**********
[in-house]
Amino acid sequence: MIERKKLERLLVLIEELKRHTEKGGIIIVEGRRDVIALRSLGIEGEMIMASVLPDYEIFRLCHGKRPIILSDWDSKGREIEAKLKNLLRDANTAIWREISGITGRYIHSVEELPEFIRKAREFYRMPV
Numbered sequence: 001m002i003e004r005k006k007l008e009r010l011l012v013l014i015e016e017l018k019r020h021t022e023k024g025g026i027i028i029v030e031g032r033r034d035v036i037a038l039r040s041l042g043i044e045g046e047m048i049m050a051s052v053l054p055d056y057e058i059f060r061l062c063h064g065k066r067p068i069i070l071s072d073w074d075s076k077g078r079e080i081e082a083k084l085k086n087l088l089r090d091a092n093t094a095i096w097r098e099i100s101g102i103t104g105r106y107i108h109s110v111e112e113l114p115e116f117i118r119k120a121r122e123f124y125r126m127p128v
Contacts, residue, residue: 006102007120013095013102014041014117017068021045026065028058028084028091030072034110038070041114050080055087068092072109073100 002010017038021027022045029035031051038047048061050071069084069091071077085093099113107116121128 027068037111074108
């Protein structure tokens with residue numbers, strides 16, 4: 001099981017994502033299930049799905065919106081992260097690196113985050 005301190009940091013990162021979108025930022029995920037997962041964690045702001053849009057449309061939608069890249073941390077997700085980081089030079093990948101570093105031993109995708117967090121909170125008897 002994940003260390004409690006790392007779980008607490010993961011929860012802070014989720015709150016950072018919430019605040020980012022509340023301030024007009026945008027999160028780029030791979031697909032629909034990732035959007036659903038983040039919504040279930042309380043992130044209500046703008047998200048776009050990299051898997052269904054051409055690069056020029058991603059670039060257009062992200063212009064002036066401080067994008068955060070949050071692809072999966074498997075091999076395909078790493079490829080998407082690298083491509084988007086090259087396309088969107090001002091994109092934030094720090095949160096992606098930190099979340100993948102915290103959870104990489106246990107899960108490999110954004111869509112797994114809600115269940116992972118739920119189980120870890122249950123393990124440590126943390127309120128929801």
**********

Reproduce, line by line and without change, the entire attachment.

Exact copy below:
[in-house]
Amino acid sequence: MIERKKLERLLVLIEELKRHTEKGGIIIVEGRRDVIALRSLGIEGEMIMASVLPDYEIFRLCHGKRPIILSDWDSKGREIEAKLKNLLRDANTAIWREISGITGRYIHSVEELPEFIRKAREFYRMPV
Numbered sequence: 001m002i003e004r005k006k007l008e009r010l011l012v013l014i015e016e017l018k019r020h021t022e023k024g025g026i027i028i029v030e031g032r033r034d035v036i037a038l039r040s041l042g043i044e045g046e047m048i049m050a051s052v053l054p055d056y057e058i059f060r061l062c063h064g065k066r067p068i069i070l071s072d073w074d075s076k077g078r079e080i081e082a083k084l085k086n087l088l089r090d091a092n093t094a095i096w097r098e099i100s101g102i103t104g105r106y107i108h109s110v111e112e113l114p115e116f117i118r119k120a121r122e123f124y125r126m127p128v
Contacts, residue, residue: 006102007120013095013102014041014117017068021045026065028058028084028091030072034110038070041114050080055087068092072109073100 002010017038021027022045029035031051038047048061050071069084069091071077085093099113107116121128 027068037111074108
């Protein structure tokens with residue numbers, strides 16, 4: 001099981017994502033299930049799905065919106081992260097690196113985050 005301190009940091013990162021979108025930022029995920037997962041964690045702001053849009057449309061939608069890249073941390077997700085980081089030079093990948101570093105031993109995708117967090121909170125008897 002994940003260390004409690006790392007779980008607490010993961011929860012802070014989720015709150016950072018919430019605040020980012022509340023301030024007009026945008027999160028780029030791979031697909032629909034990732035959007036659903038983040039919504040279930042309380043992130044209500046703008047998200048776009050990299051898997052269904054051409055690069056020029058991603059670039060257009062992200063212009064002036066401080067994008068955060070949050071692809072999966074498997075091999076395909078790493079490829080998407082690298083491509084988007086090259087396309088969107090001002091994109092934030094720090095949160096992606098930190099979340100993948102915290103959870104990489106246990107899960108490999110954004111869509112797994114809600115269940116992972118739920119189980120870890122249950123393990124440590126943390127309120128929801």